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I was reviewing some of the unique features of the new A Class Mercedes Benz sedan at the following YouTube link and discovered that Daimler AG's Mercedes division has purchased a 10% stake in the global mapping company What3Words. It turns out that the average person has trouble describing their own GPS coordinates, whereas they can easily pronounce and spell three simple words with dots between them.

Mercedes A Class sedan review:
https://www.youtube.com/watch?v=lsfOhLhAEB4

What3Words description:
http://www.thedrive.com/tech/24665/what3words-aims-to-redefi...

What3Words Aims to Redefine Everything You Know About Navigation in 3 Little Words

[T]he company developed a system that tags each of the 52 trillion three-meter-by-three-meter (roughly 10-square-feet) grid points on the globe with a three-word identifier... Though 52 trillion sounds like a mind-bending number of word combinations, the magic of math means they can be derived from fairly limited databases. The system uses an algorithm that draws from 40,000 words in English, and up to 25,000 words each in 26 other languages, which can automatically translate their output to other languages. (The English database covers points on the water, not just land—hence the extra word count.)

It’s algorithm-based, so the entire system can be contained in an app, and thus usable without a data connection... it's not designed to replace conventional grid coordinates, but rather overlays a more readily accessible and comprehensible identification system over them. For that reason, it can integrate fairly easily into existing GPS-based systems, since What3Words simply translates coordinates into the three-word codes. And the grid is permanent; the words associated with each spot are the ones that will always be associated with it...

Logistics company DB Schenker announced last month that it would integrate the system to help mitigate imprecise addressing for it services—becoming the first global shipper to do so—and Mercedes recently purchased a 10-percent stake in the company, and will introduce it into all of its vehicles, with the forthcoming A-Class sedan the first to use the system. This will allow drivers to simply enter the three words via the keypad or voice recognition system, and head off for the location. It’s now being integrated into postal systems of nations with remote, often mobile rural populations, including Mongolia and Nigeria...


Depending upon how large a tract or parcel of land a particular postal address is associated with, that same piece of property can contain a significant number of What3Words location addresses within its boundaries. If a person wants to find one particular square (an approximately 1 meter x 1 meter plot) within their property's boundaries, they can click around on What3Words's web site and select a square labeled with 3 words that are easy to remember.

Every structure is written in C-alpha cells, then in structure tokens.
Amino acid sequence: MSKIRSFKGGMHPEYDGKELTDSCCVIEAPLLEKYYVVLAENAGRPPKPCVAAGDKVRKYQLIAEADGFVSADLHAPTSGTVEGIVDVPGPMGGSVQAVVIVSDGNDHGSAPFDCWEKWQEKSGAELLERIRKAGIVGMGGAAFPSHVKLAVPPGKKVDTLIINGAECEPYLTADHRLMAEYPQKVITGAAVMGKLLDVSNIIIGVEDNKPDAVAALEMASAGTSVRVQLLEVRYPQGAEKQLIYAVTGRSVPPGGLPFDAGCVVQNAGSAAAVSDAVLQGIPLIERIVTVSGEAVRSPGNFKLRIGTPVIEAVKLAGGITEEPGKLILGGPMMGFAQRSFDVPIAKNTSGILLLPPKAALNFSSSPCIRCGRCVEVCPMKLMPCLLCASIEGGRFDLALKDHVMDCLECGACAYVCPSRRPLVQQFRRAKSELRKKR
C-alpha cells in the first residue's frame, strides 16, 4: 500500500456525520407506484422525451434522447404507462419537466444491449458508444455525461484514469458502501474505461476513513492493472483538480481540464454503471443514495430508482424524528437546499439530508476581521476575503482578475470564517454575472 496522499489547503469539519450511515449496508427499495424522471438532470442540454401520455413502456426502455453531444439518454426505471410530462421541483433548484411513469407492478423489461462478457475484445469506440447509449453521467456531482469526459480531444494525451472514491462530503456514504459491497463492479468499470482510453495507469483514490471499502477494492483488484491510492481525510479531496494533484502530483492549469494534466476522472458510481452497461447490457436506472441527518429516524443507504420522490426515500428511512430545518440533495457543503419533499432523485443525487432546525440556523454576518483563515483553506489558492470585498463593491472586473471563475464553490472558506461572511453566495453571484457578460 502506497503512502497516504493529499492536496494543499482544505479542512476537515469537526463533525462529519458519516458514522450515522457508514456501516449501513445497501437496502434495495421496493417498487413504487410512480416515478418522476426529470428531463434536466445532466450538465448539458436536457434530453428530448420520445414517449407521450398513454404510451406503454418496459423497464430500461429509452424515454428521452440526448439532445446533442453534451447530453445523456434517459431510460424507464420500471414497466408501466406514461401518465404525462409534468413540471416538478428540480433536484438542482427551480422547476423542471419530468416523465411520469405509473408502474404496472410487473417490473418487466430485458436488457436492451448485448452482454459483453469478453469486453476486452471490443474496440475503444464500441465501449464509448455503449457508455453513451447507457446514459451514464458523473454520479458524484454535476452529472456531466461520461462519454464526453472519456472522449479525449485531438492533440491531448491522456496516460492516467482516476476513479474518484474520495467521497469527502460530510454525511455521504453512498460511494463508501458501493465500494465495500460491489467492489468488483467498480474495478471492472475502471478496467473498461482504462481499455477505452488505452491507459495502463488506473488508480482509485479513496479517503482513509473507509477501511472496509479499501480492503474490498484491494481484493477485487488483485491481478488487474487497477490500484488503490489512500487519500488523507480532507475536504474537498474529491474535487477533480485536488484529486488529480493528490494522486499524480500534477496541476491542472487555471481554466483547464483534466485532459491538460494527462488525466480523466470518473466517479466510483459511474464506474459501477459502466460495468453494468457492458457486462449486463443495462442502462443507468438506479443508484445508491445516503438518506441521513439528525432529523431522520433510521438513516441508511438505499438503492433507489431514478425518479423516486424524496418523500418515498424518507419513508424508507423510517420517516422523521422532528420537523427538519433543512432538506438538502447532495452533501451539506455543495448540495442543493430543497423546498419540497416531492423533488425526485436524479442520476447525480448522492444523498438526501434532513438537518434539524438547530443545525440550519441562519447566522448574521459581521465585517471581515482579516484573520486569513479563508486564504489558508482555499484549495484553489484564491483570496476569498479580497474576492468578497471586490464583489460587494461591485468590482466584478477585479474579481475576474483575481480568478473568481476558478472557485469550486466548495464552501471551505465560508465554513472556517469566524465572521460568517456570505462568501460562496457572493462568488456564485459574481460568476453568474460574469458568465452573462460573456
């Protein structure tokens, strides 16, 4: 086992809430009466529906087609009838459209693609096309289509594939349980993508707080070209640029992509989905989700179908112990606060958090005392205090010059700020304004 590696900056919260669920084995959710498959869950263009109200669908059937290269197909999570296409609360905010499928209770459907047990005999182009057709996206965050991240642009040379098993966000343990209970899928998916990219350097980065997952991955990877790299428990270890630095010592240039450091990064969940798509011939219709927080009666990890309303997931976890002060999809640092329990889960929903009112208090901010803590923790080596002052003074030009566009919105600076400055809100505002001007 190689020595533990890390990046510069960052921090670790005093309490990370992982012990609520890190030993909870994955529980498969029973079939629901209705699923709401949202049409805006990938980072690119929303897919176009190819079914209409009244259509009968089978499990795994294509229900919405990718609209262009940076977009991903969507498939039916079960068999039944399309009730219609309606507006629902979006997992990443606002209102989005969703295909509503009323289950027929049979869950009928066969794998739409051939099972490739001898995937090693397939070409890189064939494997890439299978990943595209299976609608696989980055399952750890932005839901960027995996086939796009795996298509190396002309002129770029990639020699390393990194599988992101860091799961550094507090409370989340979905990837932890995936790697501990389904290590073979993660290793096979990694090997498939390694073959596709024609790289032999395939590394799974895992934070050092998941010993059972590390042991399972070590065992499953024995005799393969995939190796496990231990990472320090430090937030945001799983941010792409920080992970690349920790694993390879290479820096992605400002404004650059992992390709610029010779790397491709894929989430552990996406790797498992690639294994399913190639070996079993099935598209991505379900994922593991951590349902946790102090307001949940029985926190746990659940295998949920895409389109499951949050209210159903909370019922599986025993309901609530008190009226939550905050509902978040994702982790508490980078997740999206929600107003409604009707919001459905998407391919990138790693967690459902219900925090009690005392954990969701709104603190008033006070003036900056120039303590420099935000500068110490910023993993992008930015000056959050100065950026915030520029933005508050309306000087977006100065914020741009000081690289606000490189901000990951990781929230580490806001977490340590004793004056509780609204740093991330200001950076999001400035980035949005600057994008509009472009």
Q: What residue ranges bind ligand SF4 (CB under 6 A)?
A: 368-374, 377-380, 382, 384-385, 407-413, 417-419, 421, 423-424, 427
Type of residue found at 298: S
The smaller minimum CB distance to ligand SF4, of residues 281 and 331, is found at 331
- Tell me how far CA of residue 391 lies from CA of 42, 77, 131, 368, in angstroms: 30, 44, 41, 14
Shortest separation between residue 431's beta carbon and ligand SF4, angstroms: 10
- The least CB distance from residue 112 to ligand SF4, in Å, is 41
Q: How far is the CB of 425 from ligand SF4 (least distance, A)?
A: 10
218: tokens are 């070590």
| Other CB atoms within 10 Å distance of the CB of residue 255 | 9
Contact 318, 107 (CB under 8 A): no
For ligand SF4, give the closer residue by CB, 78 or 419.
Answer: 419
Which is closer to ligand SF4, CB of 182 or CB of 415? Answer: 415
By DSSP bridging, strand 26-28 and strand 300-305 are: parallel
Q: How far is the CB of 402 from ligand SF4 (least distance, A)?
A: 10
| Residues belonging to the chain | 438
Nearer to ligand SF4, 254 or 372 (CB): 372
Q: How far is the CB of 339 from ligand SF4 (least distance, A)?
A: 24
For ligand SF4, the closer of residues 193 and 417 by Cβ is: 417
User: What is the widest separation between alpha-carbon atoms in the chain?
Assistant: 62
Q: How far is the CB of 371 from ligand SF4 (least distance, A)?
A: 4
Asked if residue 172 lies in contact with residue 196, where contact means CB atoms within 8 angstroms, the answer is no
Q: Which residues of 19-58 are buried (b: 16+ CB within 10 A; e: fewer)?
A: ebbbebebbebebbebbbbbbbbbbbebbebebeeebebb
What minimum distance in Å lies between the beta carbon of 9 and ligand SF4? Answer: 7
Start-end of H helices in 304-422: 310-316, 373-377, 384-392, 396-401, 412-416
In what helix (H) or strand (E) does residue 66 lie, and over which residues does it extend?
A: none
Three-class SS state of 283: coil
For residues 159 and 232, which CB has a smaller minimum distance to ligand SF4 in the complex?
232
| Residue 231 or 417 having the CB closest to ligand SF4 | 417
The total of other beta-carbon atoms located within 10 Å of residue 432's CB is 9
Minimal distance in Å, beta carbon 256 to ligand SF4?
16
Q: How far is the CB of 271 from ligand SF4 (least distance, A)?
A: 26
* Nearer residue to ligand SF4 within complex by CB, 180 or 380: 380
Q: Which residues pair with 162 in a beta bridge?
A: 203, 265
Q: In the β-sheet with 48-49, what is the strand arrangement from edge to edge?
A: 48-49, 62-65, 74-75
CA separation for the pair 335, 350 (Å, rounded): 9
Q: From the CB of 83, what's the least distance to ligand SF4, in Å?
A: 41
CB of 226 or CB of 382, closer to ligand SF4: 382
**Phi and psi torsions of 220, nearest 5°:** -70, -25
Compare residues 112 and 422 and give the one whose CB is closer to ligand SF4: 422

For instance, I recently took a look at a couple of pieces of property in 2 different states, and by clicking around on each parcel, I put together the following lists of 3 word location addresses, from a series of squares that included many, many more:

List 1
-------------
drone.alpha.stomp
hilly.scarecrow.hotline
folks.gently.twitter
expand.flyover.sublime
extremes.playbook.packet

From List 1, I consider "folks.gently.twitter" to be the easiest for me to remember the location of that property. You may have selected a different phrase.

List 2
---------------
stirs.dolls.predecessors
cover.friend.bangers
vision.bunny.stickier
achieving.vibrate.piggy
walnuts.claims.nabs

From List 2, I think that "cover.friend.bangers" is the easiest to recall - even if it does seem a bit risque' (perhaps no more so than "vision.bunny.stickier" or "achieving.vibrate.piggy)."

I don't know whether Mercedes will enjoy greater success in selling its newly tech-heavy automobile lineup (something that the Japanese carmakers have traditionally excelled in). However, the first above-linked YouTube video includes an extensive review and demonstration of the best-in-class voice command interface that Mercedes has achieved.

If What3Words can help Mercedes to improve and perfect its automation and navigation systems, then hopefully the driving public (or future riding public) will enjoy greater safety and accuracy of navigation.

In the roughly 20 years since voice commands were first attempted, it is good to see that the technology has finally come close to performing in the manner that drivers imagined.

For further examination, What3Words may be found at the following link:

https://what3words.com
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